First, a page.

Best of Treasures: Attractive china cabinet adds to charms of Early English set


(Editor’s note: This column was originally published Feb. 8, 2016.)

Dear Helaine and Joe:

My grandmother bought this set of furniture secondhand in the 1930s. It is apparently from France and includes a dining table, matching chairs, buffet and china cabinet. Any information about the history and value of this cherished family heirloom would be greatly appreciated.

Thank you,

M. S.

Dear M. S.:

The 1930s were hard times for many people. The stock market crash of 1929 had brought an end to the freewheeling, high living days of the 1920s, and economic recovery did not make much headway until the late ’30s.

In many cases, some people had to sell their cherished possessions, and often when a family member died, their household goods were sold just so their survivors could make themselves a little more comfortable. We begin like this because the dining room set in today’s question was not very old when M. S.’s grandmother purchased it secondhand.

It is a product of the 1920s, when styles from the past were mishmashed together to produce furniture the manufacturer thought to be quaint, colonial or aristocratic, to name just a few of the desired characteristics. We are at a loss to fathom why M. S. thinks this set to be French, because the style, which is part-Elizabethan, part-Jacobean, part-Heinz 57, is what makers of the day would probably have termed “Early English.”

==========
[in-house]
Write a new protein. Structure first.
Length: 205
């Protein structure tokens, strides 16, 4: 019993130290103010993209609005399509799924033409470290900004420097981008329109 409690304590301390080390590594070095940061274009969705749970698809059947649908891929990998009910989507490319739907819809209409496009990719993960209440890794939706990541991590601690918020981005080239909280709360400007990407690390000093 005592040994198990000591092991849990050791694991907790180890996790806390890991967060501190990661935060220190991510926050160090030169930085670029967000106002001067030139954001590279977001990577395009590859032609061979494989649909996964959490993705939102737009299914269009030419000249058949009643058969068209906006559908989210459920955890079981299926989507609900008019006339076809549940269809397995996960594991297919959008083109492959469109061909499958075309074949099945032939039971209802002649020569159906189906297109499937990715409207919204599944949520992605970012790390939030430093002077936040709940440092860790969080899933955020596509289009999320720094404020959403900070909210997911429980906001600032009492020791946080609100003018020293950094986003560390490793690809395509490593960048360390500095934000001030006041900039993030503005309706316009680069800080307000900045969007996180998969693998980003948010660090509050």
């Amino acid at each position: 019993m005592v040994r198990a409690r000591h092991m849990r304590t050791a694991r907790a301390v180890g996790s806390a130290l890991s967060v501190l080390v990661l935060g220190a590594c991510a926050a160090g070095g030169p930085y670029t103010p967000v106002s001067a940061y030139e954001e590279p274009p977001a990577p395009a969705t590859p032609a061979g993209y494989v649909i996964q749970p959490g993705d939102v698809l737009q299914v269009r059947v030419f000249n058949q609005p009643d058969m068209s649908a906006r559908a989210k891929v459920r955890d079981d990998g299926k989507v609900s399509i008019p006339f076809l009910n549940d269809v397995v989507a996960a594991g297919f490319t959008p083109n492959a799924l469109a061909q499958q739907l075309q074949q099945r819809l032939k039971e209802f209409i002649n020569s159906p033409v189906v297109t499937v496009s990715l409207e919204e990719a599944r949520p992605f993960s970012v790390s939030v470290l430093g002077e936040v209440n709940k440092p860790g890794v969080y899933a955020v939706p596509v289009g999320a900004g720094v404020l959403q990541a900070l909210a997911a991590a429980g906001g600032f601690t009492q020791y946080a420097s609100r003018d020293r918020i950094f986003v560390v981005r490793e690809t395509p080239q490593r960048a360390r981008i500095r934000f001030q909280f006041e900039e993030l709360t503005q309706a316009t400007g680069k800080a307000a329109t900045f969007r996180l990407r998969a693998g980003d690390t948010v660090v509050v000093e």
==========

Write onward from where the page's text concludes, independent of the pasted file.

The various styles of melon spacers — i.e. a section shaped something like a melon — decorating the legs of the pieces in this set hark back to the time frame mentioned above, but the rest of the decoration, particularly the flowers surrounded by something that resembles chip carving, is out of keeping with the time period. In addition, the shape of the crests on the chair backs are very reminiscent of those found on chairs made from 1900 to 1910, but these are a good decade and a half to two decades later.

Furniture manufacturers of the day typically made their dining room furniture in 10-piece sets that often consisted of a sideboard, a buffet or silver chest, a china cabinet, a table and six chairs. On occasion, the sideboards came in two sizes meant to allow the buyers to choose the size that would fit their dining room. Customers could choose the number of pieces they needed, wanted, could afford at the time, fit their space or a combination of these factors.

We have never really understood the style of china cabinet that was made for this set. It does not hold that much china and the doors are blind (without glass), so the homeowners could not display their prized glass and china held within as most china cupboards made during the last half of the 20th century and beyond did.

Still, this china cabinet is very attractive and adds to the charms of the set. We feel confident this grouping was made by an American manufacturer and M. S. should check the inside of the drawers for a maker’s label. For insurance purposes, this dining set should be valued in the $2,500 to $3,000 range.

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